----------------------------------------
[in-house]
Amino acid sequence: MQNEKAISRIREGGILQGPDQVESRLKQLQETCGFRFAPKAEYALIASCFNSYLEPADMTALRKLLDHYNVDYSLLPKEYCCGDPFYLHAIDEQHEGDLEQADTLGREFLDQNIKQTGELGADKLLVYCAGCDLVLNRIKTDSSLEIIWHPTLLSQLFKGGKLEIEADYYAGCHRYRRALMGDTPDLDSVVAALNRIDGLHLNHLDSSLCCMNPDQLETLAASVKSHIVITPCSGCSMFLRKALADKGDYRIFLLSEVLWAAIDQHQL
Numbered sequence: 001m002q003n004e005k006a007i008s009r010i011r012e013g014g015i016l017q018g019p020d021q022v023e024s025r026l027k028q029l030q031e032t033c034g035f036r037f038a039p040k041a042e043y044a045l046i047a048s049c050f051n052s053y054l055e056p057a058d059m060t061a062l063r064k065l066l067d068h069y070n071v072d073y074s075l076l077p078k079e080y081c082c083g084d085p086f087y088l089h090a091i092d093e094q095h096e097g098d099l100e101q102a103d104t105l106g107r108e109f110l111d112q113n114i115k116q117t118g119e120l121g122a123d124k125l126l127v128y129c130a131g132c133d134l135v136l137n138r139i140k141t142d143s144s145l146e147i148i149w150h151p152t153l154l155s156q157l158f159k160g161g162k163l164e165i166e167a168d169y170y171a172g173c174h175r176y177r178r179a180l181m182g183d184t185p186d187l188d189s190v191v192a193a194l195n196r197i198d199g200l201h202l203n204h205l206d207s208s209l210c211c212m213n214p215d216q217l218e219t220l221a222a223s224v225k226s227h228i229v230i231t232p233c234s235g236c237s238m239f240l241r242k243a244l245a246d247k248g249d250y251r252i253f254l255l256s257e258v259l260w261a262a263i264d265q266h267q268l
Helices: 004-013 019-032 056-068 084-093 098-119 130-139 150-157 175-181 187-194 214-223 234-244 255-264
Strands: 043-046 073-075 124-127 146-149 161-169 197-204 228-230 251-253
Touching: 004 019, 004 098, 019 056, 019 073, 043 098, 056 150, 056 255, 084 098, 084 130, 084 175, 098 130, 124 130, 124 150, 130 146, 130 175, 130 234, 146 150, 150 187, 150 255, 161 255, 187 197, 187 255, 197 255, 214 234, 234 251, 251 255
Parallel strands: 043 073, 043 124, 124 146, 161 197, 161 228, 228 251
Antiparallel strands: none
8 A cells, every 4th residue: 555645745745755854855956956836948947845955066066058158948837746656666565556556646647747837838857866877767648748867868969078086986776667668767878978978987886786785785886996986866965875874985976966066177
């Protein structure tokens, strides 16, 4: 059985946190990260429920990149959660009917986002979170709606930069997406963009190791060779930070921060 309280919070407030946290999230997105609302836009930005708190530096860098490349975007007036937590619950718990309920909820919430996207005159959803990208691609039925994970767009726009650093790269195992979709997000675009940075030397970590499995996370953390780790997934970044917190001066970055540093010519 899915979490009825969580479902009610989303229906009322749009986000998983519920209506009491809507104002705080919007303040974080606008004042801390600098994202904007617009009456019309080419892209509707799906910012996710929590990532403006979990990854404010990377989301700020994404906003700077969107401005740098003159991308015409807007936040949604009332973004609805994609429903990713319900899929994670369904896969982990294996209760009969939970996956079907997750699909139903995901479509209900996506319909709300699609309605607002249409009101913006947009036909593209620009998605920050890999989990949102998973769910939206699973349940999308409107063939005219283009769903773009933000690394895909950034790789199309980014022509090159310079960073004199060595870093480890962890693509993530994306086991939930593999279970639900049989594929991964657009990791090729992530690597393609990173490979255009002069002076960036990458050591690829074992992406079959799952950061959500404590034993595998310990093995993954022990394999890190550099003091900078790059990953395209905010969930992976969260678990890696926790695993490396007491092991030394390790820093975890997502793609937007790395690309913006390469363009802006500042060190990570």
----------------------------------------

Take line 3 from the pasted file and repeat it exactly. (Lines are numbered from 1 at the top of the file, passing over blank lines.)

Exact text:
Numbered sequence: 001m002q003n004e005k006a007i008s009r010i011r012e013g014g015i016l017q018g019p020d021q022v023e024s025r026l027k028q029l030q031e032t033c034g035f036r037f038a039p040k041a042e043y044a045l046i047a048s049c050f051n052s053y054l055e056p057a058d059m060t061a062l063r064k065l066l067d068h069y070n071v072d073y074s075l076l077p078k079e080y081c082c083g084d085p086f087y088l089h090a091i092d093e094q095h096e097g098d099l100e101q102a103d104t105l106g107r108e109f110l111d112q113n114i115k116q117t118g119e120l121g122a123d124k125l126l127v128y129c130a131g132c133d134l135v136l137n138r139i140k141t142d143s144s145l146e147i148i149w150h151p152t153l154l155s156q157l158f159k160g161g162k163l164e165i166e167a168d169y170y171a172g173c174h175r176y177r178r179a180l181m182g183d184t185p186d187l188d189s190v191v192a193a194l195n196r197i198d199g200l201h202l203n204h205l206d207s208s209l210c211c212m213n214p215d216q217l218e219t220l221a222a223s224v225k226s227h228i229v230i231t232p233c234s235g236c237s238m239f240l241r242k243a244l245a246d247k248g249d250y251r252i253f254l255l256s257e258v259l260w261a262a263i264d265q266h267q268l